Fiorucci: When Pop Art Met Fashion

 

Fiorucci vintage campaign. Photograph: Pinterest.com
Vintage Fiorucci campaign, photograph: Pinterest.com

 To commemorate the life and legacy of Elio Fiorucci who died earlier this week; here are seven cultural moments to remember the Italian fashion designer by.

The Store

Marc Jacobs told the New York Times in an interview in 2001, that he skipped camp when he was 15 years old to spend summers at Fiorucci’s New York store, also known as the “daytime Studio 54”. Long before decks were common place at every highstreet store launch: Mr Fiorucci installed the hottest disco DJs to entertain the fabulous customers, including Jackie O and Cher. The main attraction, however, was the even-more-fabulous staff who infamously “vogued” in the store window – much to the horror of the passing Bloomingdale’s customers.

 

Footage of Fiorucci staff, Youtube

The Protégées

A “concept store” long before the likes of Colette in Paris or Voo Store in Berlin, Mr Fiorucci curated hard-to-source pieces from around the world, and championed young designers. He was the first to showcase collections from Anna Sui and Betsey Johnson. Terry Jones worked as a creative director for the brand before he left to launch i-D magazine, alongside Oliviero Toscani, who went on to photograph the pioneering Benetton advertising campaigns. Maripol – who styled Grace Jones, Madonna and Debbie Harry – was involved in art directing the store and had a jewelry counter there. 

Maripol and Madonna. Photograph: Anothermag.com
Maripol and Madonna, photograph: Anothermag.com

The Warhol Connection

“Went to Fiorucci and it’s so much fun there. It’s everything I’ve always wanted, all plastic.” (Warhol’s diary 1983)

Andy Warhol reportedly visited the New York store days after it opened and became friends with Fiorucci. He even chose the window as the place to launch his own magazine: Interview. Fiorucci worked with Warhol on the launch of the restaurant for Studio 54, which was attended by Grace Jones and Bianca Jagger.

Warhol and Fiorucci. Photograph: i-D magazine
Warhol and Fiorucci, photograph: i-D magazine

The Campaigns

Spanning the 70s, 80s and 90s, Fiorucci’s ad campaigns inspired collaborations with numerous creatives, including a portrait of John Water’s muse Devine, by Richard Bernstein; and pop artist Keith Haring, who also painted the Milan store inside and out. 

Devine in vintage Fiorucci campaign. Photograph: Facebook
Devine in vintage Fiorucci campaign, photograph: Fiorucci Facebook

The (anti) Tribute

Last month, at his SS16 menswear show, Raf Simons used a soundtrack from British artist and Turner prize winner, Mark Leckey’s cult video from 1999. The film is a montage from Northern Soul dancers in the 70s to Acid House ravers in the 90s at different British nightclubs. He titled it: “Fiorucci Made Me Hardcore”. He explained his choice of title to the Guardian in an interview saying it was about how: “…something as trite and throwaway and exploitative as a jeans manufacturer can be taken by a group of people and made into something totemic, and powerful, and life-affirming.”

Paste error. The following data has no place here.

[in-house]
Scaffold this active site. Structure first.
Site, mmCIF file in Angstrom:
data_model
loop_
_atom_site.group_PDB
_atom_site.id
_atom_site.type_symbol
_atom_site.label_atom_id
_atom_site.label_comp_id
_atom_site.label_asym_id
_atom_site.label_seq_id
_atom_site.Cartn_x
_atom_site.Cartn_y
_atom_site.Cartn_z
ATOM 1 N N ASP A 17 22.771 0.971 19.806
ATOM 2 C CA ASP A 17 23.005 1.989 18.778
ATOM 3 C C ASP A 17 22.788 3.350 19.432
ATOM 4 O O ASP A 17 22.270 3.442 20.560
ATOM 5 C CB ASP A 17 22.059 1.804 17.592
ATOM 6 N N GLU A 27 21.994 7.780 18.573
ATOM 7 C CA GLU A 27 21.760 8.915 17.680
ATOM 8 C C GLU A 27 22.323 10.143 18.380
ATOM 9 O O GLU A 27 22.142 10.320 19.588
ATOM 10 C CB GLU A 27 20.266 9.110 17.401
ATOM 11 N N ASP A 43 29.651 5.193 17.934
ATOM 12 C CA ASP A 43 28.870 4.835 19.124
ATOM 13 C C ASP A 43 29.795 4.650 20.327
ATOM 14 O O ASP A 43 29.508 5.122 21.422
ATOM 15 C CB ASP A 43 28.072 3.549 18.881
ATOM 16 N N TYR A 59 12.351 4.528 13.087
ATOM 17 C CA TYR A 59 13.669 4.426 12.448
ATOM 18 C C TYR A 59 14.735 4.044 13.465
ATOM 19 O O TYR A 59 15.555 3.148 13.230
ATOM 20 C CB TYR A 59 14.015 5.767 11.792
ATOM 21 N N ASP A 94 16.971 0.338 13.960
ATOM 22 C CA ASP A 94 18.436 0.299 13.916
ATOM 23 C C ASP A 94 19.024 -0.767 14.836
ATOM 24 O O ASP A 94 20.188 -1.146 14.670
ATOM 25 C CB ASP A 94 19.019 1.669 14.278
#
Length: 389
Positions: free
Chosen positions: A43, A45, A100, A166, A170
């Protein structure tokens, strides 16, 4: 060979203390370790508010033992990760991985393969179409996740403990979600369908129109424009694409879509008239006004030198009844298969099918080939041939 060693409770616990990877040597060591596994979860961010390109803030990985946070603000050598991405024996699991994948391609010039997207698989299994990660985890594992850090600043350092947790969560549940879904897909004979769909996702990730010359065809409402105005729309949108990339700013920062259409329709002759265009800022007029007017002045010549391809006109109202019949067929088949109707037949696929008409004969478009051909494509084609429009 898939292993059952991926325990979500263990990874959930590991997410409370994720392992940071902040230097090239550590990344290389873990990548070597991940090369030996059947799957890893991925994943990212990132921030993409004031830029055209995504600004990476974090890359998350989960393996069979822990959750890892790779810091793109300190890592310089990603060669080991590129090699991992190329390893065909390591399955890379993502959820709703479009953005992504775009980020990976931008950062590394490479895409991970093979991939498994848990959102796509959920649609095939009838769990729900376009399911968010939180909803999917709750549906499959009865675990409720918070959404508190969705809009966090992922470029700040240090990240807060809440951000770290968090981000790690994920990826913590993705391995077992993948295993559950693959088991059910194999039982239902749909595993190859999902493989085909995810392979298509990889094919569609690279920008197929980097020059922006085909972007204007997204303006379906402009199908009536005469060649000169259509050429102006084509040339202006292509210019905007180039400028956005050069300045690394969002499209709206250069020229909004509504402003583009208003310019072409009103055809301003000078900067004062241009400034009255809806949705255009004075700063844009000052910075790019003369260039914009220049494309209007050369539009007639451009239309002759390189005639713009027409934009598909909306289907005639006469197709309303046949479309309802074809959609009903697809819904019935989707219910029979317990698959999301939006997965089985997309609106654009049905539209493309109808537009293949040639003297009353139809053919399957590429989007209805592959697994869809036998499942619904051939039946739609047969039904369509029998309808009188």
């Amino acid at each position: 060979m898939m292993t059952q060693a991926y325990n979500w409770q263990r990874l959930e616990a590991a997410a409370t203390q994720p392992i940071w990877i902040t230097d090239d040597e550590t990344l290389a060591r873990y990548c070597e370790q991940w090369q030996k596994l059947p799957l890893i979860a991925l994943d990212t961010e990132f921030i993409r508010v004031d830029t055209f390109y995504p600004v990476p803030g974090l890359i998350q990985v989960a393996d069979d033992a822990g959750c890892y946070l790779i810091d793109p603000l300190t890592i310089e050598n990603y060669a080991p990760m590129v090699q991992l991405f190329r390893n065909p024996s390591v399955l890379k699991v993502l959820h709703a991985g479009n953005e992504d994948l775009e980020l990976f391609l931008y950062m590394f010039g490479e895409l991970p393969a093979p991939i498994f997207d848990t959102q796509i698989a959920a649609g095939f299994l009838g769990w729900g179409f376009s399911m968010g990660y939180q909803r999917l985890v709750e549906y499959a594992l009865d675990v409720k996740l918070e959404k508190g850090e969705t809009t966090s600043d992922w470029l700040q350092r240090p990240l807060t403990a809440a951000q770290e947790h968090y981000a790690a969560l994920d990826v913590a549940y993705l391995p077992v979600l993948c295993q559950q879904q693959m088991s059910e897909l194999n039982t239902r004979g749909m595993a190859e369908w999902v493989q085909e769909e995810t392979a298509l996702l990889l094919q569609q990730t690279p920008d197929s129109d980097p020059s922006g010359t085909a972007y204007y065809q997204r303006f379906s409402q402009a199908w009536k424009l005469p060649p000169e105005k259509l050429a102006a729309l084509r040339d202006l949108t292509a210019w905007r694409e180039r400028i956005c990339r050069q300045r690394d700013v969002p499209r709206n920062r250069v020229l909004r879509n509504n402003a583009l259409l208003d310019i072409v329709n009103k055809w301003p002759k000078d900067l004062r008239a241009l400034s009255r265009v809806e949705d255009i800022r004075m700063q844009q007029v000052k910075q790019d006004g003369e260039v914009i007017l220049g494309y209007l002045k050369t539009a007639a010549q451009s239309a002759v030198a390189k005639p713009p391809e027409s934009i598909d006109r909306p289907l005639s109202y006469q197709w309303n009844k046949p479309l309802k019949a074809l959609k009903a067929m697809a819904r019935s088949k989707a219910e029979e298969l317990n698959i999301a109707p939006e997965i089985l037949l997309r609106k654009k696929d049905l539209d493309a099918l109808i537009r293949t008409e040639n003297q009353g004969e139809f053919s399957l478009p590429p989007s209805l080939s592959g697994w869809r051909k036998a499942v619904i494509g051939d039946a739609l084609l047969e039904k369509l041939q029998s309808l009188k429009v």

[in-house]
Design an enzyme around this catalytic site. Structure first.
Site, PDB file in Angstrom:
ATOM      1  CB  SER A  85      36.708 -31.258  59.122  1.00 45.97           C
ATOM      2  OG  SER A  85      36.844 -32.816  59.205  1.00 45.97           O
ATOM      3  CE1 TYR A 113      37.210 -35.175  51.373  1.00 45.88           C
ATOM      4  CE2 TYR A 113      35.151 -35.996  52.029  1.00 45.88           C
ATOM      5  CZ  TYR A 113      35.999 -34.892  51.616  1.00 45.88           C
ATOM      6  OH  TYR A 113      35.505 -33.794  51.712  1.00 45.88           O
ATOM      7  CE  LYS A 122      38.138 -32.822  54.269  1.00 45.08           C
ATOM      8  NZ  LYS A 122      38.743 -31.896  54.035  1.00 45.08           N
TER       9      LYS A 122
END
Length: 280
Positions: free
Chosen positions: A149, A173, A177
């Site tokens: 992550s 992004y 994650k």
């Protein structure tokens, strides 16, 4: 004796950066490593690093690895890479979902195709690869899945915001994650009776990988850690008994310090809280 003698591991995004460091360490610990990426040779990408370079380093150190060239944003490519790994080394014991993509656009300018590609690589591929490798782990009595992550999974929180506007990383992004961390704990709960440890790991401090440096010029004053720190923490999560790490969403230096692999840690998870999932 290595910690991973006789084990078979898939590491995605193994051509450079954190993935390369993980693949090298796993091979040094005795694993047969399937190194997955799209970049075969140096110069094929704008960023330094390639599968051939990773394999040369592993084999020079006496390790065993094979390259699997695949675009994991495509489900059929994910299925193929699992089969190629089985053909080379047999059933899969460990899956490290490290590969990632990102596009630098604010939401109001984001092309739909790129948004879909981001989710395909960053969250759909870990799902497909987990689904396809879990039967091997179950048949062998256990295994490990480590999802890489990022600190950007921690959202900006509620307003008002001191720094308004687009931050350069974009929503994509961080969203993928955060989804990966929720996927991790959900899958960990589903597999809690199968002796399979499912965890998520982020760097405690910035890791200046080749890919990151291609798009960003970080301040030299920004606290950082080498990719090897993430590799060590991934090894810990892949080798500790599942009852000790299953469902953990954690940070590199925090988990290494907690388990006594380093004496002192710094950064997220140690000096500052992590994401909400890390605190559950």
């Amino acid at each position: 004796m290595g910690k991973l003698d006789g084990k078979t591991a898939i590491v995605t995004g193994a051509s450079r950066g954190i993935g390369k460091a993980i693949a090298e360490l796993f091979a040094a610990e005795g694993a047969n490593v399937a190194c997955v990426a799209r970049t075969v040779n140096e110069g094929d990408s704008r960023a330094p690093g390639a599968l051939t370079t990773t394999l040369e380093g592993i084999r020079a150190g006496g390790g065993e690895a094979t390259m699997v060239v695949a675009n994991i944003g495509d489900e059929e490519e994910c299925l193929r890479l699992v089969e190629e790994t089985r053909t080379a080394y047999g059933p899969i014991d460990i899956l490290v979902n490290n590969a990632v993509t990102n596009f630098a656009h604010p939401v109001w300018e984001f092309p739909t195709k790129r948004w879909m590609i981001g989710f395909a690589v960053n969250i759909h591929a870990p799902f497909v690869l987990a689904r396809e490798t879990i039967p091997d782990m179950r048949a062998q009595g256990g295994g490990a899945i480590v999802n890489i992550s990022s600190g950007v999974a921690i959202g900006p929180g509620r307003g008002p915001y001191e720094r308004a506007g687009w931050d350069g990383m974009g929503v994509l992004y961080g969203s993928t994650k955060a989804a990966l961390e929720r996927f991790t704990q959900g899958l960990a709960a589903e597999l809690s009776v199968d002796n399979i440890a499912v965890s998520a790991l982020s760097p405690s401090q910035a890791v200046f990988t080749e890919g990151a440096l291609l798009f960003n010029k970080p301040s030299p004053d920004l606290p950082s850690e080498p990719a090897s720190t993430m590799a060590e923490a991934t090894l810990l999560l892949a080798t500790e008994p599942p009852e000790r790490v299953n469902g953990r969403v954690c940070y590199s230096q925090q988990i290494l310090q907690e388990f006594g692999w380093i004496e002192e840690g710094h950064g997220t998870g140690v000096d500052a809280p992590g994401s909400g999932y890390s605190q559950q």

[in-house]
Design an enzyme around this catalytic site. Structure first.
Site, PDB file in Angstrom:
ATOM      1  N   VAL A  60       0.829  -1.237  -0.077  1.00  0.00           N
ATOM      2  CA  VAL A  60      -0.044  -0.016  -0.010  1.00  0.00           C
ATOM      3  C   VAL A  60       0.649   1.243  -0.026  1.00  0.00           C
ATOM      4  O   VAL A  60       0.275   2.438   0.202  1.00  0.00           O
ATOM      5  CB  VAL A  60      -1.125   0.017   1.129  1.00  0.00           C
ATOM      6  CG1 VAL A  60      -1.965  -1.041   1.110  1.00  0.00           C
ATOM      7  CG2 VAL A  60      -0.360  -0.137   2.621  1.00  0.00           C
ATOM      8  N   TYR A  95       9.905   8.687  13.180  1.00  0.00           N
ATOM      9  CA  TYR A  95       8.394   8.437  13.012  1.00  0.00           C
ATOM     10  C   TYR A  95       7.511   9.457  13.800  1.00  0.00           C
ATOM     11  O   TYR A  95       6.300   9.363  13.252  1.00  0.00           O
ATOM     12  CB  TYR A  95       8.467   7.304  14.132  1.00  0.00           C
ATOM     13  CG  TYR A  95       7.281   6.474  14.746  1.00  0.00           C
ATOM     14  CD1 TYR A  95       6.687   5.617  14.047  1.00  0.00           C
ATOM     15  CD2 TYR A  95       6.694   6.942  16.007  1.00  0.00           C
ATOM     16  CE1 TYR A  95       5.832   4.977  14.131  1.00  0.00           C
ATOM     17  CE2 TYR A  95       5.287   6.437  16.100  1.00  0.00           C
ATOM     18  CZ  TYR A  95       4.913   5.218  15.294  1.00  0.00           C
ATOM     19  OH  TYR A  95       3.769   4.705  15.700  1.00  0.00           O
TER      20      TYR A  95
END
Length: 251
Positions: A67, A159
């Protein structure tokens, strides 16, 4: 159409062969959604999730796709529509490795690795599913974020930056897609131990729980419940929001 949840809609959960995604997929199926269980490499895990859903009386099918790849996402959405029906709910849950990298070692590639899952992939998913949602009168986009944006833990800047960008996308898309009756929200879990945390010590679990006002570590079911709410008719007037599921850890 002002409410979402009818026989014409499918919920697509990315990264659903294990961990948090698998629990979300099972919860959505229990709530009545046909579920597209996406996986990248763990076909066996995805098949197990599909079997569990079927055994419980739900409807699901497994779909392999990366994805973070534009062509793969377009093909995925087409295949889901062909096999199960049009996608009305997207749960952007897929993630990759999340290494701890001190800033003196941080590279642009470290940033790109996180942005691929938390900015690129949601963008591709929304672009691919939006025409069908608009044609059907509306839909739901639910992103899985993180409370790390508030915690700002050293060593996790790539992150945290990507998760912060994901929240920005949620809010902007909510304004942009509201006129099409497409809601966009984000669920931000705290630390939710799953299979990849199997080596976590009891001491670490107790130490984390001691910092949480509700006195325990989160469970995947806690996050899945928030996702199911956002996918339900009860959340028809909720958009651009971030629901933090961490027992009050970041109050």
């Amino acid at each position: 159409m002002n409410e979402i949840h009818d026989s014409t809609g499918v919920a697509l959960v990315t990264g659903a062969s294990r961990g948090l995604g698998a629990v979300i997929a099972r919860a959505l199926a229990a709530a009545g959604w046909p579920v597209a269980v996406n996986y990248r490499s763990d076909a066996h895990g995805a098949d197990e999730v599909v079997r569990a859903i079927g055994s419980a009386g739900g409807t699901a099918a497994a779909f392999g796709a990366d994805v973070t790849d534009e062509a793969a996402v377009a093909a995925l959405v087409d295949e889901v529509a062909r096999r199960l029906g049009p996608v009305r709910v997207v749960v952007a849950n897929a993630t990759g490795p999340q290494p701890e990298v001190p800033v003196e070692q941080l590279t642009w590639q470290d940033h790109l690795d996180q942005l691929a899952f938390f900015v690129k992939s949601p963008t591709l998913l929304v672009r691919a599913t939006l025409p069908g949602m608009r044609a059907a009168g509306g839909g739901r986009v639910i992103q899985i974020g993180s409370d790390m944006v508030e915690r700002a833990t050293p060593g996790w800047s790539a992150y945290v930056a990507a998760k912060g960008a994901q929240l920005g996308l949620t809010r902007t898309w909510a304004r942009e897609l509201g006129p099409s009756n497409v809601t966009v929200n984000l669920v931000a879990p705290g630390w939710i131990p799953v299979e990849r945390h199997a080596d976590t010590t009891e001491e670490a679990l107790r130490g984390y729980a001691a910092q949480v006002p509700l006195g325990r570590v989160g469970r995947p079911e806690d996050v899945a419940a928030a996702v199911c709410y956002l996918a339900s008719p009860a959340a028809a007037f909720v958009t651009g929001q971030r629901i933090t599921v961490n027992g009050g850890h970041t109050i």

“Fiorucci Made Me Hardcore”, by Mark Leckey, Youtube

The Bottom

In true Italian fashion the brand oozed sex appeal. The focus of the adverts were usually on the lycra-clad – or just plain naked – rearview of the model. Mr Fiorucci was dedicated to emphasising the asset so much, he is credited with inventing stretch denim. His inspiration? Driving through Ibiza, he “saw some beautiful topless girls in jeans diving into the water—their jeans completely stuck to them, resulting in such beautiful legs and bums,” he told i-D in one of his last interviews last month.

Vintage advert. Photograph: Facebook
Vintage advert, photograph: Oystermag.com

The Legacy

Fiorucci injected fashion with glamour and made it about the “faces”, and the music, which is more than evident today. From celebrity collaborations, brands choices of designers, like Moschino’s appointment of club kid favourite, Jeremy Scott, who most definitely paints from a Fiorucci palette; to newer designers’ work, such as Sophia Webster’s disco-ready heels which would have sold well in his store. On the highstreet, leopard print, stretch denim and sparkle continue to reign – all Fiorucci signatures, and no dancefloor has been safe from American Apparel’s sell-out piece: “The Disco Pants”. In fact, it seems that fashion’s needle has been stuck on a Fiorucci-inspired mix since the 70s, returning every few years to the disco-style mash-up his world encapsulated.

Lookbook image from Sophia Webster AW15, courtesy of Sophia Webster
Lookbook image from Sophia Webster AW15, courtesy Sophia Webster

 

Text by Jessica Hannan

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